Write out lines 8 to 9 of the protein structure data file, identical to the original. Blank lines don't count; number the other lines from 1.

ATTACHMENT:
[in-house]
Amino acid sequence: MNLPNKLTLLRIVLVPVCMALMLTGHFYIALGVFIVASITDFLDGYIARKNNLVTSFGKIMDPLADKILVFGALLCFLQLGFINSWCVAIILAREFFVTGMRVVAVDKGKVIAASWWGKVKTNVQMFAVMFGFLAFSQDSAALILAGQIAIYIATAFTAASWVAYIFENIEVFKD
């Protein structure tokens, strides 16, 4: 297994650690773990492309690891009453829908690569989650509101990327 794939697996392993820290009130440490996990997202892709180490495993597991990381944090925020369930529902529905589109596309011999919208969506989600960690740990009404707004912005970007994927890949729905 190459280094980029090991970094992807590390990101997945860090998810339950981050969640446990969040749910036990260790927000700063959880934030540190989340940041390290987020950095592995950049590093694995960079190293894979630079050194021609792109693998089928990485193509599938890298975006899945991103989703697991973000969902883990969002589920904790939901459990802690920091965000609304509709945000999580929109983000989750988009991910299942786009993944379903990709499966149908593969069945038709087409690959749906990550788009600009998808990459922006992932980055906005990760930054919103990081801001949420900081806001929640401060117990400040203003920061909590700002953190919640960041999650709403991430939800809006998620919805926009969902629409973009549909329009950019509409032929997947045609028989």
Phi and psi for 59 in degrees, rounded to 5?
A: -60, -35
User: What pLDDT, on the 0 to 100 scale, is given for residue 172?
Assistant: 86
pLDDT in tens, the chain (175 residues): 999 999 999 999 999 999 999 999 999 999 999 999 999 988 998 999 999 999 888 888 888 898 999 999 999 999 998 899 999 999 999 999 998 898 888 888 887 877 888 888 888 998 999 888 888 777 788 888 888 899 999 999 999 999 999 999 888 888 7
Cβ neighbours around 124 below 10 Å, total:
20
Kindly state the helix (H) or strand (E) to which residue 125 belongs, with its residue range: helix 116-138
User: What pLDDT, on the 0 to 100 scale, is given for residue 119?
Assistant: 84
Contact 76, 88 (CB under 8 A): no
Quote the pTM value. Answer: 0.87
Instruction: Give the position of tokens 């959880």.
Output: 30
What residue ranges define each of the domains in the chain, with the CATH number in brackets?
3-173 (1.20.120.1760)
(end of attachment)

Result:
pLDDT in tens, the chain (175 residues): 999 999 999 999 999 999 999 999 999 999 999 999 999 988 998 999 999 999 888 888 888 898 999 999 999 999 998 899 999 999 999 999 998 898 888 888 887 877 888 888 888 998 999 888 888 777 788 888 888 899 999 999 999 999 999 999 888 888 7
Cβ neighbours around 124 below 10 Å, total: